I’m agonizing over our final hours together. Each tick of the clock splinters my heart. Through the halls of my anguished mind bounces the question, how do I say goodbye. How do I let go? How do I show you the love you’ve shown me? And how do I convince my aching soul that you are only a dog? An animal. Something meant to be loved for certain, but should it hurt this much? Am I out of balance to feel my world skewed at the mere thought of you not being in it?
You came to me in my darkest hour. I needed you so much. I thought I was getting a service dog for DJ but what I got was a therapy dog for me. I felt utterly alone when Mom died so Steve took me to the animal shelter to look for dogs who could be trained as a service dog.
I spotted you immediately as we drove up to the shelter. “Boy, he’s pretty.” Were the first words I said about you. With your red coat gleaming in the rare winter sunshine you barked as you approached me but we both knew you didn’t mean it.
Since you appeared to have the run of the place, I assumed you must belong to one of the workers there. While I talked with an employee, you kept appearing at my side and leaning against me. I was looking for a service dog to help DJ learn to walk so at first I thought I imagined you were leaning against me. By the fourth time, I at last got a clue.
Three days later Steve and I returned to the shelter with DJ in tow. I needed to see how you responded to him. DJ walked in with his little walker and you were called over. It took less than a second for you to size one another up before DJ let go of his walker, grabbed the fur of your neck and the two of you walked off. All these years later and that scene has never lost its impact.
The following day we picked you up at the vet’s office. You busted through the door and despite having, only seen me twice, and the fact that we were seated behind the door, you came out of, you came right to me. If anyone had any doubts before that moment removed them. You belonged to us and us to you. That’s when the memories began.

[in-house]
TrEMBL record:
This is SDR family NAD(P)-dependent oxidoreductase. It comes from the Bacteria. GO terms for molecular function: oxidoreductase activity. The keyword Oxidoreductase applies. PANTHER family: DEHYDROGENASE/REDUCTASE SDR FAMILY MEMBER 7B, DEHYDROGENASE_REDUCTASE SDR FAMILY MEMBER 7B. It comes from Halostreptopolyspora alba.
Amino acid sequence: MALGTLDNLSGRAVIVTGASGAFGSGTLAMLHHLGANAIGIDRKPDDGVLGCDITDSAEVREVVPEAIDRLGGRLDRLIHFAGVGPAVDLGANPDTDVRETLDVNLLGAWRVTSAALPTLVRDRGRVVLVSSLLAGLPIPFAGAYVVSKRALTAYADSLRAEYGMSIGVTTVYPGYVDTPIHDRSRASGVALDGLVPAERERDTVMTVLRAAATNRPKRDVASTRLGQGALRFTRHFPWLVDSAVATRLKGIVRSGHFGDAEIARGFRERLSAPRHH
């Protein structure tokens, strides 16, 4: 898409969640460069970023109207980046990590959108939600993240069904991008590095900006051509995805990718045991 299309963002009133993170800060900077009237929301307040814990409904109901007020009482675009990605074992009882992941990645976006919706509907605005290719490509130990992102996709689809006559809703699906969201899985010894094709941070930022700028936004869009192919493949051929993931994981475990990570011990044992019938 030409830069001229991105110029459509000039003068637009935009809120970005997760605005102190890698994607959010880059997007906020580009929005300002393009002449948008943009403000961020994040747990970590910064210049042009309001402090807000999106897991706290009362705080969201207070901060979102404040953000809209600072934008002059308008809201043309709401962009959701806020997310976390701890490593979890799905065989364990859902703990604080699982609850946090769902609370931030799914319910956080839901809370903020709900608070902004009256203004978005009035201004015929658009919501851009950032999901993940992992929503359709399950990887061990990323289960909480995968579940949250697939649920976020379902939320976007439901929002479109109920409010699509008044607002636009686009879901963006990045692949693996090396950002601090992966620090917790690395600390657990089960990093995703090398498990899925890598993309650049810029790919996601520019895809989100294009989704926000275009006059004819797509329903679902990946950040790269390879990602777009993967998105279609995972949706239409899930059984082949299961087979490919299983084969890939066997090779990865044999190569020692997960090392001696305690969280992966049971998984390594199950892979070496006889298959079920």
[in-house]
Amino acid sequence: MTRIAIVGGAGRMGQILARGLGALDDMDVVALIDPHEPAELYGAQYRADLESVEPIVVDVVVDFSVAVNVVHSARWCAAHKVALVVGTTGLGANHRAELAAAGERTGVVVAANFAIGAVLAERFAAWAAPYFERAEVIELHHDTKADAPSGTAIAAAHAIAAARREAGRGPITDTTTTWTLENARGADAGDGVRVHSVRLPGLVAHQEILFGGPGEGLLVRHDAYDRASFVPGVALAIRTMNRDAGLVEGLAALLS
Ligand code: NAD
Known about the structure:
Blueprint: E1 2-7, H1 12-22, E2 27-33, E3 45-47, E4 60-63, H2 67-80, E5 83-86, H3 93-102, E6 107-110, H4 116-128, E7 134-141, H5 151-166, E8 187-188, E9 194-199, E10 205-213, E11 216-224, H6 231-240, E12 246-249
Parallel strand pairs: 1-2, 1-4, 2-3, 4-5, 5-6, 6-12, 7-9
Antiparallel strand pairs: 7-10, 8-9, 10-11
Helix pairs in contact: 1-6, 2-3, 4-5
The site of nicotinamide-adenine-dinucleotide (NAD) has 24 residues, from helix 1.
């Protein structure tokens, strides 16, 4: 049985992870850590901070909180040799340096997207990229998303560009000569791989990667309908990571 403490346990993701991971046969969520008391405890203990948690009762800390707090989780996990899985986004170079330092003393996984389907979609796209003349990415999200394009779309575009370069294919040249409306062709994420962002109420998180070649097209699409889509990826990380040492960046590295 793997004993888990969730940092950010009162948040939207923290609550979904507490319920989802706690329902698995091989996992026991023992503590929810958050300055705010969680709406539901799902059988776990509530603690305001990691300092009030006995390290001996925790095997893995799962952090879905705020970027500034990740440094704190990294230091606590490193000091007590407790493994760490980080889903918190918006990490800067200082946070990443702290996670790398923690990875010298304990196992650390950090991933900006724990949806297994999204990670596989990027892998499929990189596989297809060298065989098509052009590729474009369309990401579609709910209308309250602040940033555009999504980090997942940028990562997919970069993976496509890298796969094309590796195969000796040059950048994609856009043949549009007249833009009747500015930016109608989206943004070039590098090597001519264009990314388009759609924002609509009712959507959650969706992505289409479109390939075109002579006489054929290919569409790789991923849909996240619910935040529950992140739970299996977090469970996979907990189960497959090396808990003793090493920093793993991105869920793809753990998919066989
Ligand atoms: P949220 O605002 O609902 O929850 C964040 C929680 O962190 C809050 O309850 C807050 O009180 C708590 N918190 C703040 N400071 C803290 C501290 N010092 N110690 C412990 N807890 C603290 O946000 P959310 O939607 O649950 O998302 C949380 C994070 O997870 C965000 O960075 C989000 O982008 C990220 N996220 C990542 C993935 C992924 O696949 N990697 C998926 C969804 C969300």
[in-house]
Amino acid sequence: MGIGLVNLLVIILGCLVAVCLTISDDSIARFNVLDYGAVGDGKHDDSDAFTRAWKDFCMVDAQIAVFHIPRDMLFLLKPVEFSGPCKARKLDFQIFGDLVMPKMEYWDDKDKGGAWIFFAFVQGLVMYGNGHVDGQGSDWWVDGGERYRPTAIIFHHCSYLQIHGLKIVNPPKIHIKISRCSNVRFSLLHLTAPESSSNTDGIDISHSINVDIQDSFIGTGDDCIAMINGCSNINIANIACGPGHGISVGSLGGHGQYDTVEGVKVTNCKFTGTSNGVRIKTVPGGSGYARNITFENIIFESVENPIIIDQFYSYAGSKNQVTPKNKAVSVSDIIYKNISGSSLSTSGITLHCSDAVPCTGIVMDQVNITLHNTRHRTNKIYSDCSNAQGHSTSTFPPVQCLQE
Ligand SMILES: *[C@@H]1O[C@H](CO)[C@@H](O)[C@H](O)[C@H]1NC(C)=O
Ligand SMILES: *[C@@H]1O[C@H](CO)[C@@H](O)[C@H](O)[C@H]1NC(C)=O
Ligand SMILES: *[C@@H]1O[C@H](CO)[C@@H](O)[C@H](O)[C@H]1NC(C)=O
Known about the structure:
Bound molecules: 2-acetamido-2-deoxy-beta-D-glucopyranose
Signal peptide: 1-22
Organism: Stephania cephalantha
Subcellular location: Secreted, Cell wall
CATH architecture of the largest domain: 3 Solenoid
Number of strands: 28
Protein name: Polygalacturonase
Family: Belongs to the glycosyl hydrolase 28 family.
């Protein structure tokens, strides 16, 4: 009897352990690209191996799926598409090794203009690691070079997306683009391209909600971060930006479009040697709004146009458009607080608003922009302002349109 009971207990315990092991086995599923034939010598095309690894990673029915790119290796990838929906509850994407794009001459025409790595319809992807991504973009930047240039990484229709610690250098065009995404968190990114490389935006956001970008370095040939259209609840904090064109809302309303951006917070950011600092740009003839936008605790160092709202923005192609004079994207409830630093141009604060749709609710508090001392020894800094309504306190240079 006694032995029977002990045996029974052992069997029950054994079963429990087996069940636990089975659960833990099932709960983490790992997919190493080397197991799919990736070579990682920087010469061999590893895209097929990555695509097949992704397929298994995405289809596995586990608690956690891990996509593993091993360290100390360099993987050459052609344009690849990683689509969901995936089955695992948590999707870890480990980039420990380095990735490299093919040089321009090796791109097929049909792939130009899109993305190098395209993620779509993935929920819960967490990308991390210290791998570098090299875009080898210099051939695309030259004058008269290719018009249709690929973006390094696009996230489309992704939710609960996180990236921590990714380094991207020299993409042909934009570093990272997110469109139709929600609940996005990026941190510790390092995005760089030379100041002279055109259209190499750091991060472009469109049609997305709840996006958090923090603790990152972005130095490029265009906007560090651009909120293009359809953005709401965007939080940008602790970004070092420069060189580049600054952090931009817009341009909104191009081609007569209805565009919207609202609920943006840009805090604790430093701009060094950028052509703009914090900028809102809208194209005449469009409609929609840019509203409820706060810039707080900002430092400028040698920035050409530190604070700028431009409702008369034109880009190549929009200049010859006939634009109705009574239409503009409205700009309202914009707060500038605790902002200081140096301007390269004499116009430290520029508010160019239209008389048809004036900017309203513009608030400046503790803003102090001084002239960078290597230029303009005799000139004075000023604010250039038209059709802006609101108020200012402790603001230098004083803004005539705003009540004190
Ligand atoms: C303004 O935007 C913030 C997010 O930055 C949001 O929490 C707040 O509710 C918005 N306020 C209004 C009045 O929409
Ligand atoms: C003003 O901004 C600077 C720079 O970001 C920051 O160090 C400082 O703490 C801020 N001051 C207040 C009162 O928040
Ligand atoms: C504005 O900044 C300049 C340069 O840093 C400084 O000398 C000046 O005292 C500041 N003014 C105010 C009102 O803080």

The first time we left, you alone you freaked out and literally tried to chew your way out a window, leaving broken teeth in your wake. You thought it was your mission in life to rid the world of cats. You have such a huge personality behind your big soulful eyes that I never knew existed in an animal. You were well behaved, easily trained, but also sneaky. I didn’t have to say a word when I caught you on the couch. You always climbed down slowly, head, and tail as low as they could be indicating you felt like the lowest of life forms. You were funny, oh so funny. But more than all those things, you possessed an uncanny ability to tune into the emotions and stability of your surroundings.
I will never forget when two stray dogs came loping down the street, tongues hanging out of the sides of their mouths completely happy. All they wanted to do was play. You were fine until Colton got upset because he’d had a previous bad encounter with stray dogs. You sensed that fear and put yourself between Colton and the dogs, letting lose a ferocious growl that scared even us. Like cartoon characters those dogs came to a screeching halt, running away never to be seen again.
While training you as a service dog I had to connect you to DJ. Neither of you were pleased with the idea. But as was your custom, regardless of how mad DJ got you stood your ground. You did exactly what was asked of you and then some. You took your service dog job very serious.
In those painful lonely days after mom died, I would hug your neck and cry all over you. You never flinched. You simply sat there soaking up my pain through the tears that fell upon your neck. And now here I am again. This time there will be no crying over you because the pain is the loss of you.
I know when we walk in that vet’s office tomorrow you will be scared and I hate that. I despise that your final moments will be spent in a place that frightens you. I know you’re going to look at me with confused, hurtful eyes and wonder why I am doing this to you. The answer is as simple. You have given so much to our family keeping nothing for yourself, how can I do any less by you?
In a little while, I will go to bed and the dreadful day will be upon us. I will take that long final walk with you and endure your questioning eyes. As the lethal drugs flow through your system stopping your heart, they will do the same to a part of me. A portion of me will die with you and I don’t regret it because I have had the privilege of not just having a good dog but having a heaven-sent dog. There will never be another like you and I am a better person for having you in my life. Well, done my good and faithful servant; well done.